Politics

Passion and principle

PUBLISHED : Friday, 01 September, 2006, 12:00am
UPDATED : Friday, 01 September, 2006, 12:00am

For three decades, patriotism and a desire to see China prosper was a hallmark of the conduct of Hong Kong journalist Ching Cheong.


A year after graduating from the University of Hong Kong in 1973, he joined the pro-Beijing Wen Wei Po as a reporter after shunning more lucrative options in the government and business sectors. As a young man he was paid about HK$600 a month, about one-third of the salary then earned by a civil servant with a university degree.


So it is a bitter irony that after more than 16 months in prison on the mainland, a Beijing court yesterday sentenced Ching to a five-year jail term and one-year deprivation of his political rights for accepting money in return for spying for Taiwan.


Alumni who graduated in the same year as Ching rose to prominence in various professions, including Secretary for Economic Development and Labour Stephen Ip Shu-kwan, Secretary for Environment, Transport and Works Sarah Liao Sau-tung, Secretary for Financial Services and Treasury Frederick Ma Si-hang, former financial secretary Antony Leung Kam-chung and former deputy chief executive of Hang Seng Bank Roger Luk Koon-ho.


Ching's friends said he was motivated by a desire to serve the mainland. His love for China dates back to the 1960s when he was studying at St Paul's College, an elite school in the Mid-Levels. Timothy Ha Wing-ho, who was the college's principal from 1968 to March this year, described Ching as a principled person with high ideals and patriotic fervour that was evident in his secondary school years.


'Ching Cheong was an outstanding student and was named the school's head prefect after he was promoted to Form Six. He had good command of both Chinese and English,' Mr Ha said. 'But he joined the Wen Wei Po in pursuit of his ideals at the expense of material returns.'


In 1972, Ching joined a group of fellow students at the University of Hong Kong on a visit to Shaoshan , Hunan, the birthplace of Mao Zedong, and Jinggangshan in Jiangxi , the first stronghold set up by the communist-led Red Army.


The delegation, which was seen as unusual and politically sensitive amid the anti-communist sentiment in Hong Kong, dominated newspaper headlines at the time.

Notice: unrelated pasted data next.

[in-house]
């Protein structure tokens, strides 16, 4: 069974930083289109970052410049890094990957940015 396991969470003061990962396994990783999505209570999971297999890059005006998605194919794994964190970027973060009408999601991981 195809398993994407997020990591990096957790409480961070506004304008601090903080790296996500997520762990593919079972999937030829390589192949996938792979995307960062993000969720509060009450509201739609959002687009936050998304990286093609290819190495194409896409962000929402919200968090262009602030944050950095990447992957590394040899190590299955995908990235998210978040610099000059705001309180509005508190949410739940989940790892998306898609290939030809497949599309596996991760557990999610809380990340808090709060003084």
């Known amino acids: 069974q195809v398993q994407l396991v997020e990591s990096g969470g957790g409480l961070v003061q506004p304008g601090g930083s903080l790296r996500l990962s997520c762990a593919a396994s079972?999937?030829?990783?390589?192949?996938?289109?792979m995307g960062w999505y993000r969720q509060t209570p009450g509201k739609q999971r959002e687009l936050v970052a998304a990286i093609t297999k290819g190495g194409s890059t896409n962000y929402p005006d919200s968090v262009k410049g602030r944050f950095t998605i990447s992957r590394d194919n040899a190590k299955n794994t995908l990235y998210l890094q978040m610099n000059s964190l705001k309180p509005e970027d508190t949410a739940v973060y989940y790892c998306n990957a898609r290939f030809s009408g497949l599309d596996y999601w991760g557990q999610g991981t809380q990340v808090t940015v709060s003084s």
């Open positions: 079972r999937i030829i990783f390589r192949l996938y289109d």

Kwan Pan-fong, a fellow member of the delegation to the revolutionary bases in 1972, said Ching was supportive of the 'revolutionary causes' of the communist regime to the extent that he defended the infamous Great Leap Forward of 1958-61 - a bold initiative spearheaded by Mao to speed up the country's economic development - during debates with other university students on campus.


Mr Kwan, who also graduated from the University of Hong Kong in 1973, said Ching considered the national campaign an effective way for the mainland to catch up with developed countries. As many as 38 million people are believed to have died of starvation and overwork during the Great Leap Forward.


In 1981, Ching and his wife, Mary Lau Man-yee, moved to Beijing as correspondents for Wen Wei Po. Veteran China-watcher Johnny Lau Yui-shui, a close friend of Ching's and his colleague at Wen Wei Po between 1974 and 1989, remembers the couple's thrifty lifestyle in the capital. Mr Lau said their office in Beijing was a small room in a hotel.


'The equipment there was simple and crude and the lamplight was rather dim. Obviously, they lived frugally to save money for the newspaper,' Mr Lau said.


Ching, who served as chief of the pro-Beijing newspaper's Beijing bureau until 1987, covered the Sino-British talks on the future of Hong Kong between 1982 and 1984.


Allen Lee Peng-fei, a Hong Kong deputy to the National People's Congress, recalled the moments he met Ching at the Great Hall of the People in Beijing in May 1983 when he led a 12-member 'young professionals delegation' to the capital.


The group, which included Selina Chow Liang Shuk-yee, now vice-chairwoman of the Liberal Party, and Martin Lee Chu-ming, who later became founding chairman of the Democratic Party, raised the bold proposal of extending British rule beyond 1997 with the central government. They were the first group in Hong Kong to raise the 'Chinese sovereignty-British administration' proposal for Hong Kong after 1997.


'I was a bit surprised to learn Ching Cheong was a graduate of the University of Hong Kong and was willing to accept the low salary offered by Wen Wei Po,' Mr Allen Lee said. 'I really respect people like Ching who sacrificed their personal gains to pursue their ideals. That's why I can hardly believe Ching served as a spy for Taiwan intelligence unit in return for money.'